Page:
Handprinted Dharma Trading Unitard

This fabulous project taught me lots and lots. There are a few aspects of this project where I will continue to find and apply solutions to perceived problems.

I started by printing a small swatch of cloth, just to see if my color choices were pleasing.

The Unitard is a  ‘clothing blank’, made of cotton jersey, procured at Dharma Trading. I love it. The medium size fits my body well, I am 5’2”, weighing roughly 130 pounds. The gathering at center front is pleasing and easily printed over. The plunging back is a fun addition to the design. The legs are about 6” too long, which I think is a great addition to this piece-as yoga clothing goes, allowing you to pull the excess length down over your ankles and heels. My one complaint is that the bodice is slightly long, although this may just mean, I am short  🙂

I decided to Playful Fabric Print the Unitard in an all-over design that contains Roses and Forget Me Nots. The repeat is a six inch square (Page 26, Playful Fabric Printing), the multicolor print set (Page 29) contains a total of 5 possible layers to print. The Rose and Forget Me Nots were carved from Eko Carve, and the additional color separations were printed using plexiglas mounted, sticky back, fun foam stamps (Page 63). This was printed using thickened Procion MX Dyes (I swapped out Turquoise Blue, Fuchsia, and Lemon Yellow dyes when mixing color numbers 2 (an Orange), 15 (Teal) and 22 (Red). I did this because I wanted bright colors (see the value bands on page 57 of Playful Fabric Printing).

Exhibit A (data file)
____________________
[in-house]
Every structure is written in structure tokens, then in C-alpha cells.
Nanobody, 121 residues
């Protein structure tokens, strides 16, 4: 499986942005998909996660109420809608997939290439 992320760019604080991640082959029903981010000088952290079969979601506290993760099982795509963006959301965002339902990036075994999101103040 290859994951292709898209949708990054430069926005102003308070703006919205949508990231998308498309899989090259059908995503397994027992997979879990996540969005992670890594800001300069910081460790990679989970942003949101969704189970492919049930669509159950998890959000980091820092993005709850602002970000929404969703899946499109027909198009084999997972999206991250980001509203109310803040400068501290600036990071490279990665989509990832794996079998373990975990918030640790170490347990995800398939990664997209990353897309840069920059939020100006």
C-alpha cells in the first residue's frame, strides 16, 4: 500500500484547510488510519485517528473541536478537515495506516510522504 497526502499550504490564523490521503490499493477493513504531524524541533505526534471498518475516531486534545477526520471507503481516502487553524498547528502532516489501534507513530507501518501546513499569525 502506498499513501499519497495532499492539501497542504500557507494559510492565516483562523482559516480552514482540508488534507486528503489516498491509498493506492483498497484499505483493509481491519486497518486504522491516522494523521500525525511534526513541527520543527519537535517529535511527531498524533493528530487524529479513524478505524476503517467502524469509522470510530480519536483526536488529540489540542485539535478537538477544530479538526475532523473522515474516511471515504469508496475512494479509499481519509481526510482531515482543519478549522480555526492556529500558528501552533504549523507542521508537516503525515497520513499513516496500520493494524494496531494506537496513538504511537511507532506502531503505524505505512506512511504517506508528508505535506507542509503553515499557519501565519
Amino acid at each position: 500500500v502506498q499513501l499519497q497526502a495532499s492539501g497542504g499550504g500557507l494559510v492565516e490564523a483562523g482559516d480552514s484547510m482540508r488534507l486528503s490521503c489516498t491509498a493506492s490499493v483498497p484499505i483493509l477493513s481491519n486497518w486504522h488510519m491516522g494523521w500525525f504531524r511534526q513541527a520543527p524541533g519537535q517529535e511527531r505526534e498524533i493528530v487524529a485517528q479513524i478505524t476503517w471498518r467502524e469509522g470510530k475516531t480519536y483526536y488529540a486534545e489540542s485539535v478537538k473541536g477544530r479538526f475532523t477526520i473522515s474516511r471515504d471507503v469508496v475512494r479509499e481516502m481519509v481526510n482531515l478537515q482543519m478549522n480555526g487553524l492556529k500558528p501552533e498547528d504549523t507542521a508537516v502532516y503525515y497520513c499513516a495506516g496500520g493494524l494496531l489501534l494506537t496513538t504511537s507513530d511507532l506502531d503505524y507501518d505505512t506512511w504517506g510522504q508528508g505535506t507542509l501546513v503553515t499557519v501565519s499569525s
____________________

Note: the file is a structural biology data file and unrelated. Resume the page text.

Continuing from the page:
My one hesitation in printing this, is the need for an insert or form, as I discussed in this post. I traced the Unitard out onto an opened cardboard box, including an additional 3-4″ to stretch the knit jersey and separate the front from the back. 

Recycling a cardboard box meant there were folds in the cardboard. Those folds were nearly impossible to print over. I had to fudge, add thickened dye with a brush and make due on this account. It’s nothing major, the print is pretty forgiving. Also, the Unitard, stretched over a full length form was a bit ungainly to manage on my small print table. But, oh well, it was necessary.